The Book of Ecclesiastes advises us " Be not righteous overmuch".

I hope that you will be able to be generous to these three giants of their age who made some errors and compromises, but who advanced the cause of Liberty much more than most of their critics.

5 July 2011 at 10:34  
Blogger D. Singh said...

‘By the end of this decade we will live under the first One World Government that has ever existed in the society of nations...a government with absolute authority to decide the basic issues of survival. One world government is inevitable.’

Wojtyla

‘It would seem that not only is religion lacking in the schools -- so is common sense. I wonder what a teacher is supposed to say if a kid asks about those four words on a dime -- 'In God We Trust.' Or maybe that's why they aren't being taught how to read these days.’

Ronald Reagan

‘But let us never forget that our way of life, our vision and all we hope to achieve, is secured not by the rightness of our cause but by the strength of our defence.

‘On this, we must never falter, never fail.’

Margaret Thatcher (‘Bruges Speech’)

5 July 2011 at 11:01  
Anonymous Budgie said...

Tony B, your attitude is exactly that which got us embroiled in Iraq, Afghanistan and Libya - refusing to compromise with dictators to the extent of war. Such a stance sounds superficially commendable, but in practice not even the mighty USA can order the whole world into a benign, peaceful, secular, law abiding liberal democracy.

The difference then was that West was faced with an implacable world wide foe; one which boasted of its self serving remit to conquer us all. Nothing else was as important as defeating international socialism. As Cranmer said: "Reagan, Thatcher and the Pope .... revolutionised the world and 'restored optimism and hope to their people'". And no, that does not mean they were perfect.

5 July 2011 at 11:18  
Blogger Dodo the Dude said...

Good to see Blessed John Paul's role in the defeat of Communism acknowledged. The book cited can be purchased reasonably cheaply on a well known site.

Reagan and Thatcher spred the message of liberal-democratic freedoms and the Pope the powerful message of "Do not be afraid - trust in God" to the Polish people.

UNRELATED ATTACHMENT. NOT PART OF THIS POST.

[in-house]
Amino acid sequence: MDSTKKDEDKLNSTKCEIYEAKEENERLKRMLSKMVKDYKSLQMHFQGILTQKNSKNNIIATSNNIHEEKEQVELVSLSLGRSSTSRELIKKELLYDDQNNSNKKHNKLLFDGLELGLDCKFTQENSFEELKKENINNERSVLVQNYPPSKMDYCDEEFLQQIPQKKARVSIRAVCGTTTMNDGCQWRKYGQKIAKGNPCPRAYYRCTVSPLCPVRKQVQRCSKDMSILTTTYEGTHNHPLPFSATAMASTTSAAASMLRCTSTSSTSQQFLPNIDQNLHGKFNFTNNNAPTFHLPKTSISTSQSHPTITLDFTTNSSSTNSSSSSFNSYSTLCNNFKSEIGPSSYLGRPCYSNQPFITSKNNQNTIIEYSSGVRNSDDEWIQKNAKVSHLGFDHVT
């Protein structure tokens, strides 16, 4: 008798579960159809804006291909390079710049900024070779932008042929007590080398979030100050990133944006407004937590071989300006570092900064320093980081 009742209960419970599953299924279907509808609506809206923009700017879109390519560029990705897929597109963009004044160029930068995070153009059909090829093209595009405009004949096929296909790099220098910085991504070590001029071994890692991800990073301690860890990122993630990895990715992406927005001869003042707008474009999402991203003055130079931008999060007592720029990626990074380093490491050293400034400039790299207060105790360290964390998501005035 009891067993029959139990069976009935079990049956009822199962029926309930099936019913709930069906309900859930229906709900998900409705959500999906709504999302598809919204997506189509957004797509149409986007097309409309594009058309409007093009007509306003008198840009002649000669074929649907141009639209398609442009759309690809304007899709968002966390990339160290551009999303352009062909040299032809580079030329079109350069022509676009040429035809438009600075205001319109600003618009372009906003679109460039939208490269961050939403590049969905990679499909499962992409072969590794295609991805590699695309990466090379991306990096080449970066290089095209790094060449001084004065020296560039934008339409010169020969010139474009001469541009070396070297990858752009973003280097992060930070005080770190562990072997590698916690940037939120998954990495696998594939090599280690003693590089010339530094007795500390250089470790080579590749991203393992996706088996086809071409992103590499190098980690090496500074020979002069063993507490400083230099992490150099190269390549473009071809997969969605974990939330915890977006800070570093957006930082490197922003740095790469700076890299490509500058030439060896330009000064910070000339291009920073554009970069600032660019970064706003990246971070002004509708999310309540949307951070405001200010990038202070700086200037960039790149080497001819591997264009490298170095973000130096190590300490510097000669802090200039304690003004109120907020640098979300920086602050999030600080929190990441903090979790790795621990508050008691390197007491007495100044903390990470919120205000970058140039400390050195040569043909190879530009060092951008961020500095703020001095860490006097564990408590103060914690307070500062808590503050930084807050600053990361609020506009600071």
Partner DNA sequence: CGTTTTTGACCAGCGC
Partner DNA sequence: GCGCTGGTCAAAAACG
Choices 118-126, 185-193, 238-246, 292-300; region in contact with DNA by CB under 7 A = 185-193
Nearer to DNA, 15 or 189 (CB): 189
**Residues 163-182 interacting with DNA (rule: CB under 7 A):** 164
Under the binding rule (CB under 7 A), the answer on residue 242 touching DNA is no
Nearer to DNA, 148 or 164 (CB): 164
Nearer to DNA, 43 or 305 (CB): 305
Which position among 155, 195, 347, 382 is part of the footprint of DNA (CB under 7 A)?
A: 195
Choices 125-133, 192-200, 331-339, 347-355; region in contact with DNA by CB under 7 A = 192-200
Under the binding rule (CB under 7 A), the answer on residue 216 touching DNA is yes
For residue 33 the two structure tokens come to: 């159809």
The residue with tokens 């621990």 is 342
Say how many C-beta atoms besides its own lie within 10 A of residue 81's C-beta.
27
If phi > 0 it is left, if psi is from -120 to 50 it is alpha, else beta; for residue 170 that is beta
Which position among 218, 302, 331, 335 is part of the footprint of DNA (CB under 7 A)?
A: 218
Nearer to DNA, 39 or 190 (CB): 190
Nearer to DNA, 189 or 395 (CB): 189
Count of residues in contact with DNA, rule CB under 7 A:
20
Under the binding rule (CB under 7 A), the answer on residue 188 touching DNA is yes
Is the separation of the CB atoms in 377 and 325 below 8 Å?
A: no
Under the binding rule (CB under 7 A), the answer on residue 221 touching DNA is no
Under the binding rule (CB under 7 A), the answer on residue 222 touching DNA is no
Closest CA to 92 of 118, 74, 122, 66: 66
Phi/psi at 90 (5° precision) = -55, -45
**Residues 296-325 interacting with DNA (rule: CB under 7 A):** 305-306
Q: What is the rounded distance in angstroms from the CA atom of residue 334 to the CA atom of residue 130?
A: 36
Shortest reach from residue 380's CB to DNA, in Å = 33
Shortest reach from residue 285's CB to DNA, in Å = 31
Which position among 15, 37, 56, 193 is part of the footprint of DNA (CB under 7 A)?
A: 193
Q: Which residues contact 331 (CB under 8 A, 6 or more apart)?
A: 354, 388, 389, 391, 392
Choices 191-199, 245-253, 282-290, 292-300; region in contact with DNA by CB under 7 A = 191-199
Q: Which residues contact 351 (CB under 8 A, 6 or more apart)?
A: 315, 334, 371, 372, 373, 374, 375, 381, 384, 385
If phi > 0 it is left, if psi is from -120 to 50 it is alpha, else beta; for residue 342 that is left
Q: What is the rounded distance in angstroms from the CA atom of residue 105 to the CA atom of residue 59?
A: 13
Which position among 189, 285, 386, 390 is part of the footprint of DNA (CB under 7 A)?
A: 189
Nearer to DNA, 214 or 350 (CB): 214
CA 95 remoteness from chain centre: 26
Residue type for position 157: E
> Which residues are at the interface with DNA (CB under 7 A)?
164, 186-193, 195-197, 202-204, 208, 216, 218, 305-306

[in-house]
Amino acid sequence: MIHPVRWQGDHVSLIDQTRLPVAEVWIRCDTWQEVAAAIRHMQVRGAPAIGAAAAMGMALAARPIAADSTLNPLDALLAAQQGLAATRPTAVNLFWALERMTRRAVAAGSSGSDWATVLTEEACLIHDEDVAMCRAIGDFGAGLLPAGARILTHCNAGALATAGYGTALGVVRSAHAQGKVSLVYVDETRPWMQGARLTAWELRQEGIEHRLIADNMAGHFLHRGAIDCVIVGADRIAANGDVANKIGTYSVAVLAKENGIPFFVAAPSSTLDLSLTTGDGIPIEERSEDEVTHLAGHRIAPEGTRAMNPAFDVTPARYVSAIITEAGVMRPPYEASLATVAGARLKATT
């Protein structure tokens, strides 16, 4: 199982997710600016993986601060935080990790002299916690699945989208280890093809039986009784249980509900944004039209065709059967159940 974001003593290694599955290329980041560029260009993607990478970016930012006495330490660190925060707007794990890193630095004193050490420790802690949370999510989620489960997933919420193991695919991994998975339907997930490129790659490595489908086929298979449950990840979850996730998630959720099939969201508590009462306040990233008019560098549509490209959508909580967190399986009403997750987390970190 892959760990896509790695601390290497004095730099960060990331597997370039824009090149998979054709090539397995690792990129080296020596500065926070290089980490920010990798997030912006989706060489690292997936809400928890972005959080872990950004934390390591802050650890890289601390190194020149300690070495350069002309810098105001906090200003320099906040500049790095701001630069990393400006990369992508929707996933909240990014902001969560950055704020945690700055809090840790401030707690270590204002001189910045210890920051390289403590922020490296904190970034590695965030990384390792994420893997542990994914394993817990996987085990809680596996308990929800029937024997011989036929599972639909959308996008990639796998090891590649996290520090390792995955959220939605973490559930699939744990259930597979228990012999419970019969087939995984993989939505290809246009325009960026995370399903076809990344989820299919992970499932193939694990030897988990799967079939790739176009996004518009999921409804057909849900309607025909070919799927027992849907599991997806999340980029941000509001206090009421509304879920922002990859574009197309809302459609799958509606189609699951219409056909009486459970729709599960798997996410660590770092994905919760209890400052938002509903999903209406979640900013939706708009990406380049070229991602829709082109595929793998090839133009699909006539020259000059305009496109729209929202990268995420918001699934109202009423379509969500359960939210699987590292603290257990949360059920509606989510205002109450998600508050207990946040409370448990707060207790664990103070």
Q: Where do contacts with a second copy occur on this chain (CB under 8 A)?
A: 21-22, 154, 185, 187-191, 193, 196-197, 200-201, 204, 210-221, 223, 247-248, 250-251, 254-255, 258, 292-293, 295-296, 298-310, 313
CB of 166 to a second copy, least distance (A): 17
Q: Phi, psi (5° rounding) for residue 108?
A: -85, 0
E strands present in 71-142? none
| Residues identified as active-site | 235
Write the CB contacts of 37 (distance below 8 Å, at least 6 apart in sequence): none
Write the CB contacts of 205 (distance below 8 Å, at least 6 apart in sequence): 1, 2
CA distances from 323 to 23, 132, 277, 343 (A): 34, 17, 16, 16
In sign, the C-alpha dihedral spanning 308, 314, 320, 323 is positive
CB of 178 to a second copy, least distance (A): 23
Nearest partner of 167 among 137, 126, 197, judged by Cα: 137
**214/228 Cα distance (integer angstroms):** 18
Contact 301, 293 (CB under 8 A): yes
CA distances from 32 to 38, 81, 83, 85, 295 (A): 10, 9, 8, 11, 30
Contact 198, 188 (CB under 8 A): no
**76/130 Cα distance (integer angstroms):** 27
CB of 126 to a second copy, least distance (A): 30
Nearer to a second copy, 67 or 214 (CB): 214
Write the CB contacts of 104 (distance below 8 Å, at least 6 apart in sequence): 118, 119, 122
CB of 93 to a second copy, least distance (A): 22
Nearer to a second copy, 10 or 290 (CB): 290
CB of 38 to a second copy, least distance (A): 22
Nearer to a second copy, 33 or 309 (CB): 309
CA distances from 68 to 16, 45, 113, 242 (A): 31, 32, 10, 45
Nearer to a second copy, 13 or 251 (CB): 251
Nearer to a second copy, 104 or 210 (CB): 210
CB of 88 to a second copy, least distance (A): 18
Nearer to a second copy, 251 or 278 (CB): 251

God Bless the three of them!

5 July 2011 at 11:51  
Blogger Span Ows said...

Well said Cranmer. All three were the opposite of many politicians then and now, none suffered from ostrichism

5 July 2011 at 12:24  
Blogger ENGLISHMAN said...

Pssst,tell sid that the new world order made a magnificent profit from being allowed to steal the English peoples utilities,manufacturing,and thier childrens futures,aint life grand now!

5 July 2011 at 14:26  
Anonymous carl jacobs said...

Budgie

[Y]our attitude is exactly that which got us embroiled in Iraq, Afghanistan and Libya - refusing to compromise with dictators to the extent of war.

The three cases are very different and none of the three have anything to do with failing to compromise.

1. Afghanistan was a failed state that was being used to harbor Al Qaida. The hope was to clean it out and create a state capable of controlling the country.

2. Libya was a potential refugee crisis on Europe's border, plus a Quixotic "humanitarian war on the cheap" that appealed to the European ideal of military force as international law enforcement.

3. Iraq had real global and strategic purpose. Hussein was seeking to create a nuclear-armed hegemony over the Arab oil states of the Middle east. If he had achieved his objective, he would have created a geostrategic disaster for the west in general and the US in particular. He would have significantly altered the balance of power in the Middle east with Israel, and might actually have started a nuclear war. The 2003 war against Iraq was necessary and history will record it so.

carl

5 July 2011 at 14:36  
Anonymous John Thomas said...

" ... the Great Lady ..." There are two (possible) objections, to Margaret Thatcher, in my eyes (if what I have read is correct): She supported the idea of aborting babies had Down Syndrome; she was ultimately complicit in us remaining in the EU (albeit on advantageous terms, which she herself negotiated). If anyone can tell me that these pieces of information are not correct, please do so (as HG suggests, she had many qualities which one wants to admire).